Road vehicles, which are used commercially, are subject to high demands by their users. Here in particular, many challenges arise for alternative drive systems. However, it is precisely in this field of application that the fuel cell can show its full potential. The combination of long ranges, short refueling times and customary payloads make fuel cell-powered commercial vehicles a viable alternative for the future, both in freight transport and for special applications. To make these applications even more effective and efficient, research and development is working on optimizing and demonstrating this technology. This makes it possible to place competitive solutions on the market and thus actively participate in the transformation of the transportation landscape today.

Commercial vehicles in the N1 category are frequently used in urban areas. Especially here, the reduction of pollutant and noise emissions is a top priority. Fuel cell vehicles meet these requirements and were proven to be extremely flexible in their application. However, as in other vehicle areas, there is enormous potential for further optimization. Above all, high demands on installation space and total weight are decisive questions that must be answered.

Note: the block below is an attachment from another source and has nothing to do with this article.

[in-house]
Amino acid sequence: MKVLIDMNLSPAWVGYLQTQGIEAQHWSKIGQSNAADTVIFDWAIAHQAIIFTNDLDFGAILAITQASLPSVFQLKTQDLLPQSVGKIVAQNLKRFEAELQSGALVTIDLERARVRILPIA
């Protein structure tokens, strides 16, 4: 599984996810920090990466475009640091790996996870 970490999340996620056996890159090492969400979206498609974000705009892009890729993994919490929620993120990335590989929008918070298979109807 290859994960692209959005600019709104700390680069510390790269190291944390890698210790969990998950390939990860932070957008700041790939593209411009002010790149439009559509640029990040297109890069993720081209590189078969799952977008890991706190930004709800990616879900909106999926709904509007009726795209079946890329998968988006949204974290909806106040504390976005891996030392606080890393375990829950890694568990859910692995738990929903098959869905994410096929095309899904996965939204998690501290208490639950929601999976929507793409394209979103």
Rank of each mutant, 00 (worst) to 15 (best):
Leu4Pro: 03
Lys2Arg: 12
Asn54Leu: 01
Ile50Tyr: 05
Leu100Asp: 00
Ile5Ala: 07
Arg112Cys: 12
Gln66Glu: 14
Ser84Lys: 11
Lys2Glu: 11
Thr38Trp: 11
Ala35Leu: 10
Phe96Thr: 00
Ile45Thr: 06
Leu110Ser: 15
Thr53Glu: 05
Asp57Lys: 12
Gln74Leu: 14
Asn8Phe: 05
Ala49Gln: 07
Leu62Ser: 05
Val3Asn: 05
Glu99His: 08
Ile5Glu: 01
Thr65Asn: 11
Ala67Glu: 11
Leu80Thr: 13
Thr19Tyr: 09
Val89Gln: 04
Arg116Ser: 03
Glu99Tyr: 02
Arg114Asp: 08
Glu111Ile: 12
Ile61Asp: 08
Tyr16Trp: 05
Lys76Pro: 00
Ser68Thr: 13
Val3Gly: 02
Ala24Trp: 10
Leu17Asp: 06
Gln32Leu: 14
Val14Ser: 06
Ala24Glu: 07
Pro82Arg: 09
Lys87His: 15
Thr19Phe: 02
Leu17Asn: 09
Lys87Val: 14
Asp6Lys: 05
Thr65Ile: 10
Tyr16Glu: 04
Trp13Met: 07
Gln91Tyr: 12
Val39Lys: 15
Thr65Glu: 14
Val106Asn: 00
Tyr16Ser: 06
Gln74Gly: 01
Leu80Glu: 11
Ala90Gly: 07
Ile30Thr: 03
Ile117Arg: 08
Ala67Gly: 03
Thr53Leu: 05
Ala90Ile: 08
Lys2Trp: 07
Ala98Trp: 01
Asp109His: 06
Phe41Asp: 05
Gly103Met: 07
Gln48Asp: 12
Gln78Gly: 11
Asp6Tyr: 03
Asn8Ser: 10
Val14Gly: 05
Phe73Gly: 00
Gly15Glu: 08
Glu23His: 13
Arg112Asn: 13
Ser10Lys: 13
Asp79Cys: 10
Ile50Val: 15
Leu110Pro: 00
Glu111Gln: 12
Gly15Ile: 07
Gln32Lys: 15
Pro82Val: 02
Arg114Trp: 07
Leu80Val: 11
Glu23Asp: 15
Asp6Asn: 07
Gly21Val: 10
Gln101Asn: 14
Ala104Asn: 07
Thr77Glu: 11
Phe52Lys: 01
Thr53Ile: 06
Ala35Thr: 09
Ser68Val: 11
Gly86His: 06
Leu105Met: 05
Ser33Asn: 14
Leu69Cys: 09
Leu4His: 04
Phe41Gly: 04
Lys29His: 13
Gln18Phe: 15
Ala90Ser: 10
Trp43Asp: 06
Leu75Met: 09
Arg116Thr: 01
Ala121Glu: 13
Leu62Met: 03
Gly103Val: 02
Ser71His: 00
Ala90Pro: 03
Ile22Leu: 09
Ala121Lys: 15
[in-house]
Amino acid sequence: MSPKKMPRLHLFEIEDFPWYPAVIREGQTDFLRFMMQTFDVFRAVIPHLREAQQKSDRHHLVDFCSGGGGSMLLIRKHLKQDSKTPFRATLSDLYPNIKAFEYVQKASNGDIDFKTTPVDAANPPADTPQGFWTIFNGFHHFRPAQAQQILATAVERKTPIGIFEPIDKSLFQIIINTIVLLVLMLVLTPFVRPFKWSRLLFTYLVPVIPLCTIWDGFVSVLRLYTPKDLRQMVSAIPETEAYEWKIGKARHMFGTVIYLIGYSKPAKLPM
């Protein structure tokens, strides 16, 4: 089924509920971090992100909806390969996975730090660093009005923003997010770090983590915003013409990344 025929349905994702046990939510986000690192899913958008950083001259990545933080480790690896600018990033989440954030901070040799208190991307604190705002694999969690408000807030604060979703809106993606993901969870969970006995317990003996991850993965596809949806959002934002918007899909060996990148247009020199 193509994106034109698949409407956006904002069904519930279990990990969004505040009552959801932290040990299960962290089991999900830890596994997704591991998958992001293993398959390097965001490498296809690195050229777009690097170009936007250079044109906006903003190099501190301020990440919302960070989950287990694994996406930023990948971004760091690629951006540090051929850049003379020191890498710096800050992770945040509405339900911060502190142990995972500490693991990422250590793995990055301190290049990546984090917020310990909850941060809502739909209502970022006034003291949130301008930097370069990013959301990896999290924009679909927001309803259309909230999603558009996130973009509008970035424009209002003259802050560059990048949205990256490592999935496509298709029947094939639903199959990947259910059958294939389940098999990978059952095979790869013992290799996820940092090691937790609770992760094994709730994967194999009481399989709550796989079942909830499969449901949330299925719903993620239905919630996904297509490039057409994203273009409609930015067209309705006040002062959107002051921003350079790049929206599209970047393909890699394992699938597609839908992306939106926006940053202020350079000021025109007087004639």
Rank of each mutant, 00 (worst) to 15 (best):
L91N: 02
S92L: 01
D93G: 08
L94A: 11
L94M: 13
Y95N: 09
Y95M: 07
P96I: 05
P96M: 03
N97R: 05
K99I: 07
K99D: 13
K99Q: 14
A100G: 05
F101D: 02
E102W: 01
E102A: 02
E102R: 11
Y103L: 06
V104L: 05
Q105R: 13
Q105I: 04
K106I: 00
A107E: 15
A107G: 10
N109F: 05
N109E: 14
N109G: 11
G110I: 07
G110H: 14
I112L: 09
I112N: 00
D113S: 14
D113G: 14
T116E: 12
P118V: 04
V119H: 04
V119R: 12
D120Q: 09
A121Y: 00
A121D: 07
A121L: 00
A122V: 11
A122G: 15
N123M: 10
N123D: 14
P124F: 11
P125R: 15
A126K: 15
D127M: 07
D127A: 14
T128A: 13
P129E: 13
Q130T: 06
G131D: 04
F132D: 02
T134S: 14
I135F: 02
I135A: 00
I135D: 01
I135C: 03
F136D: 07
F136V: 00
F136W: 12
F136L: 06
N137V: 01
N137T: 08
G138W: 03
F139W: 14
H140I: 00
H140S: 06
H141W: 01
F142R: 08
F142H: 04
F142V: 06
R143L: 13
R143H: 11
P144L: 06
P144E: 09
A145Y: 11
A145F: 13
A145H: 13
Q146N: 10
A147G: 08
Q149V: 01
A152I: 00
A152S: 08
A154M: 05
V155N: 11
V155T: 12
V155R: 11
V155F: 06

The EC vehicle classes N2 and N3 are most frequently used in regional and distribution services. This is one of the transport sectors with the highest requirements and obstacles when it comes to decarbonization. But it is also where the greatest opportunities and potential for reducing emissions can be found. The most critical characteristics, such as range, payload, and refueling time, are comparable to those of a diesel vehicle. The task here is to build on existing strengths, particularly through further innovations and the gathering of experience from demonstrations.

In the area of special-purpose vehicles, there are many applications that need to be decarbonized. The most common of these are municipal vehicles such as sweepers and waste collection vehicles. Although these vehicles do not cover long distances, they also emit an enormous amount of exhaust gases in urban areas due to their energy consumption. This makes it particularly important to further develop fuel cell alternatives and bring them into use.